Pacers, Celtics enter playoff matchup looking for redemption

BOSTON (AP) — The Celtics and Pacers aren't interested in talking about the past as they prepare to tip off their first-round playoff matchup.

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Indiana doesn't want to dwell on injuries, like the season-ending right knee injury Pacers guard Victor Oladipo suffered in January. Likewise, the Celtics aren't thinking about Gordon Hayward early struggles and eventual demotion from the starting lineup in his first season back from a devastating ankle injury.

And neither team wants to focus on the inconsistencies that have gnawed at Celtics coach Brad Stevens and Pacers coach Nate McMillan throughout the season. Both teams began 2018-19 expecting to challenge for the Eastern Conference throne abdicated by LeBron James' departure to the Los Angeles Lakers.

The only thing certain as the fifth-seeded Pacers and fourth-seeded Celtics take the TD Garden floor on Sunday is both teams still believe they can find redemption in the postseason.

"Everything is just about the true essence of basketball. Nothing else about the drama or extra-curricular stuff," said Celtics point guard Kyrie Irving. "I'm excited to be focused on the game and actually talk about basketball instead of sensationalism."

Fair enough. But the spotlight will certainly be on Irving, who can explore free agency this summer, with at least part of the decision about whether he returns to Boston probably hinging on how the Celtics perform over the coming weeks.

After reaching the Eastern Conference finals last year without both Irving and Hayward, Boston's youthful core, led by Jayson Tatum and Jaylen Brown, had trouble jelling with Irving and Hayward back in the mix. It also led to some locker room squabbling with Irving, who in a frustrated moment during a January losing streak said the younger players "don't know what it takes to be a championship-level team." He later apologized after Brown took issue with the comments.

Hayward said the team is looking forward.

"The goal is still the same. It's a new season and what happened, happened," Hayward said. "We're trying to move on. You almost get a fresh start."

For the Pacers, it's about proving that even without Oladipo they can be the same formidable team that nearly upset the Cavaliers in the first round last year.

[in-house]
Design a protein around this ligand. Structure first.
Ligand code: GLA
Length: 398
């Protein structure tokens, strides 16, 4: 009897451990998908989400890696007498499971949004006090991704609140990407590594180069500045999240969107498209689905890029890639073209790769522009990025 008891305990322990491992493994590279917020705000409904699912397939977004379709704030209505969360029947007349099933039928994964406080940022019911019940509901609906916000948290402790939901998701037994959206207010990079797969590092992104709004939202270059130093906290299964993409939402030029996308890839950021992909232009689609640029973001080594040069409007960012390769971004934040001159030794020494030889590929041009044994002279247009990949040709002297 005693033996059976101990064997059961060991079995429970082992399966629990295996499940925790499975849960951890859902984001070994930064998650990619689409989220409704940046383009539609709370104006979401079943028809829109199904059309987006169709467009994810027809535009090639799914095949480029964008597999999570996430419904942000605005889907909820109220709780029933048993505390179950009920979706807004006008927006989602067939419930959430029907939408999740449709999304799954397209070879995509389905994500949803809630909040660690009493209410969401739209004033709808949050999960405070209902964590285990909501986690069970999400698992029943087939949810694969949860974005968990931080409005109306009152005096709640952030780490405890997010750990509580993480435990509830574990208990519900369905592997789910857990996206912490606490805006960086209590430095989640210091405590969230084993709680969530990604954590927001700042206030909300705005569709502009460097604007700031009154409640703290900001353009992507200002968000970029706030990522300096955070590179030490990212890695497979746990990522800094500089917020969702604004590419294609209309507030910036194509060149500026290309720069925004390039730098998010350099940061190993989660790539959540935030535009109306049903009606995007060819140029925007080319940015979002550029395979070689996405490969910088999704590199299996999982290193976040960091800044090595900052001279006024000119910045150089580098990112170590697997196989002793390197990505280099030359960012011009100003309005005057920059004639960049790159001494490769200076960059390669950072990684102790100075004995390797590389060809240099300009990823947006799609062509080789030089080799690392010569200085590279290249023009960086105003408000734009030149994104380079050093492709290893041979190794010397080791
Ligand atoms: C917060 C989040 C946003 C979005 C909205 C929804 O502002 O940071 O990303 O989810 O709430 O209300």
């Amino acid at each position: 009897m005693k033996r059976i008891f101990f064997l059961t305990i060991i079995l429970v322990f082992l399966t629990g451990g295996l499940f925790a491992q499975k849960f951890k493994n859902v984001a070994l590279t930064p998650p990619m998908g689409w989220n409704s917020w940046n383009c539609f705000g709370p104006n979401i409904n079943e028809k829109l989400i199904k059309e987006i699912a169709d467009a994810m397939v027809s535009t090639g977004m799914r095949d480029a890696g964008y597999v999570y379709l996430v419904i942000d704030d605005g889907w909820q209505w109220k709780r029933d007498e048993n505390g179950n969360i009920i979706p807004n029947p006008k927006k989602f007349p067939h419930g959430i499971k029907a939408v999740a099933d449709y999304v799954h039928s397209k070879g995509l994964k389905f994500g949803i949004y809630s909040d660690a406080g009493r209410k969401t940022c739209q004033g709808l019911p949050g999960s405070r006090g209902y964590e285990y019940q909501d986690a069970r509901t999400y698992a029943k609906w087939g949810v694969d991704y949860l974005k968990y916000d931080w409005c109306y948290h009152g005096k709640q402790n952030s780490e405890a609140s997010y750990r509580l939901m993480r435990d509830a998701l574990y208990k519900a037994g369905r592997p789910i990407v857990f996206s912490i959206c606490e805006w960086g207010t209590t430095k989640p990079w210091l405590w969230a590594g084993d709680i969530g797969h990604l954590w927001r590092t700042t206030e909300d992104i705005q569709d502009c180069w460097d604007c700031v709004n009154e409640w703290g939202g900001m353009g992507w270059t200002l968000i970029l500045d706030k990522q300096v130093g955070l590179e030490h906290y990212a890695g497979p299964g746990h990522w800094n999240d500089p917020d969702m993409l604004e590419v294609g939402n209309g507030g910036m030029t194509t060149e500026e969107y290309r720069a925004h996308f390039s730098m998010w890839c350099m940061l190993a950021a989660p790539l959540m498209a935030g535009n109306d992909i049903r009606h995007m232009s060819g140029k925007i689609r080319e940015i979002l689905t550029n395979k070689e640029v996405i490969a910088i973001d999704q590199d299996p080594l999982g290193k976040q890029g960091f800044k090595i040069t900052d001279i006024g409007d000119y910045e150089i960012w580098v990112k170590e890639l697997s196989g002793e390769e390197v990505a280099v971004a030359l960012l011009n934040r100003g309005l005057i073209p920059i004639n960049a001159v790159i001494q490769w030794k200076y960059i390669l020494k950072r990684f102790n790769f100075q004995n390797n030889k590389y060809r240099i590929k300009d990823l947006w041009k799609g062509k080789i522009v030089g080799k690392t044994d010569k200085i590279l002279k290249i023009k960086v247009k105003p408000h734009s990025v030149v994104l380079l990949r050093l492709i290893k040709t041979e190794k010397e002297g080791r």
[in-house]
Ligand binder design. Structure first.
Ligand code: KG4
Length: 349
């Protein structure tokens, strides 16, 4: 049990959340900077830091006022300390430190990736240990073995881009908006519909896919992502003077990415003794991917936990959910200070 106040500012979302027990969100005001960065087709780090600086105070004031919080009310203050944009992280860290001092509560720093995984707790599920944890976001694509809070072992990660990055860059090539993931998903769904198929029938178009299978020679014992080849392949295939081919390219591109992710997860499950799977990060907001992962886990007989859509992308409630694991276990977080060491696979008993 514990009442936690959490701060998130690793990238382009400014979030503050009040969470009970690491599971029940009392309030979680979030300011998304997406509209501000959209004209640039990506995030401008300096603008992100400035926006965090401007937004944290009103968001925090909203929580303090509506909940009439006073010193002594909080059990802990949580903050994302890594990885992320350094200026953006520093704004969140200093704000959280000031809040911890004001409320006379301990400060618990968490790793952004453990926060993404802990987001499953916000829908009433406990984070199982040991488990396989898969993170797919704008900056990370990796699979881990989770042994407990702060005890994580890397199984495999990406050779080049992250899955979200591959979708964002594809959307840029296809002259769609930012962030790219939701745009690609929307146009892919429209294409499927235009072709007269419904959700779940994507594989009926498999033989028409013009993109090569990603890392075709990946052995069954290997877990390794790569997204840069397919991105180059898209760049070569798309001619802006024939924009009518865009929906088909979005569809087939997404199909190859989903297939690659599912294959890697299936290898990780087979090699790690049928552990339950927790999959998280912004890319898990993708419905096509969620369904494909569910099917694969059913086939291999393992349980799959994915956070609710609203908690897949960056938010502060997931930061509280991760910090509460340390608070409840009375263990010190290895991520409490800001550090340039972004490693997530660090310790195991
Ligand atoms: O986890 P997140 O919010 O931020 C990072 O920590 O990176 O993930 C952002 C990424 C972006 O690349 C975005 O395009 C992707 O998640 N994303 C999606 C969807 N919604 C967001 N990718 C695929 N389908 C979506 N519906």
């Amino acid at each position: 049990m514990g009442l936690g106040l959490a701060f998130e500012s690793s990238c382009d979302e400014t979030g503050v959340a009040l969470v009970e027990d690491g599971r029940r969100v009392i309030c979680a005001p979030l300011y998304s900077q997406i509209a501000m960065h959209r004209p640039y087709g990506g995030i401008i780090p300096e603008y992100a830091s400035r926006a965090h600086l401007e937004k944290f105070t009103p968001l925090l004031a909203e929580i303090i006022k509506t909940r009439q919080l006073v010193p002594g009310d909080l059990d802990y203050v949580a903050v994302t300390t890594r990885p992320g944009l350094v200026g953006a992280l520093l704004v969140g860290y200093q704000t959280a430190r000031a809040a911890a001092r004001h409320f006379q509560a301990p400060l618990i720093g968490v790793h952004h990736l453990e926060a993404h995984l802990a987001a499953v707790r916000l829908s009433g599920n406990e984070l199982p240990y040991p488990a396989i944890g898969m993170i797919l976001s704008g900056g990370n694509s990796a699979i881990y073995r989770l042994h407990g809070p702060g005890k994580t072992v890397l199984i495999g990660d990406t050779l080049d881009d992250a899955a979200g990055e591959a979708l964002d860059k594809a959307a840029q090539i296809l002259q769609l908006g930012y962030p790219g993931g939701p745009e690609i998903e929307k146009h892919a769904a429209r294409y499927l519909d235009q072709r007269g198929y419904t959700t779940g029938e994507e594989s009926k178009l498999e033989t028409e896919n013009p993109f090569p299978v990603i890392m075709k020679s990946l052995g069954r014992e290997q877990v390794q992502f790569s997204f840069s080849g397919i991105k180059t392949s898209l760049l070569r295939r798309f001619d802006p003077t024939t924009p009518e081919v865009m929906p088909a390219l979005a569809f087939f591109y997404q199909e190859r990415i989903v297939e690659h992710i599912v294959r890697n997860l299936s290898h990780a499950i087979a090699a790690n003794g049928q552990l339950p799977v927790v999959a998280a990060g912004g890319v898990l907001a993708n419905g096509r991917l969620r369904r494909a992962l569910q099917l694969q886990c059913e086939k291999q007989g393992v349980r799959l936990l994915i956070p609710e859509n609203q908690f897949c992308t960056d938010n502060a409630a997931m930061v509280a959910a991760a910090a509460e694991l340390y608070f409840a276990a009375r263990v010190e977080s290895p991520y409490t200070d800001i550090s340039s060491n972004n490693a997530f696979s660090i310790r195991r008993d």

After Oladipo was sidelined Jan. 23, the Pacers allowed only 108 points per 100 possessions, placing them as one of the top 10 defensive teams in the conference. But in translated into only a 7-12 record over the final two months of the regular season.

"We've got to get it together," power forward Thaddeus Young said. "We have to be ready at all costs."

Here are some things to watch for in the first-round series between the Pacers and Celtics:

INJURY UPDATE

Boston will be without Marcus Smart 4 to 6 weeks after he was diagnosed with a partial tear to his left oblique abdominal muscle. Smart was injured during the third quarter of Boston's home loss to Orlando on April 7.

Tatum is also on the mend with a shin contusion but is expected to be ready in time for Sunday's opener.

Stevens is mum on who will take Smart's place in the starting lineup, but it likely falls to either Tatum or Hayward.

GETTING PHYSICAL

Indiana was often outrebounded and pushed around late in the season.

The list includes Boston, which had more rebounds, blocks and steals than the Pacers in their final regular-season meeting on April 5. The Celtics' victory gave them a 2-1 season series edge and effectively wrapped up home-court advantage in this round.

Making sure Indiana plays tougher will be on players such as 6-foot-11, 240-pound center Domantas Sabonis and 6-foot-8, 220-pound Thaddeus Young, two of the Pacers most physical players.

"We've got to get it together. We have to be ready at all costs," Young said. "Right now the biggest thing for us is locking in and doing the things we need to do defensively, physically and mentally."

NO LEAD SAFE

Two of the Celtics' three losses before the All-Star break also exposed their tendency to blow big leads.

What might be most troubling is two of the most egregious examples were at home.

"We all need to consistently play better as a group," Stevens said. "We've done that at times, and we've rode Kyrie in a lot of cases, and he's carried us in a lot of games. And we need everybody at their fullest and there's no question about it."

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AP Sports Writer Mike Marot in Indianapolis contributed to this report.

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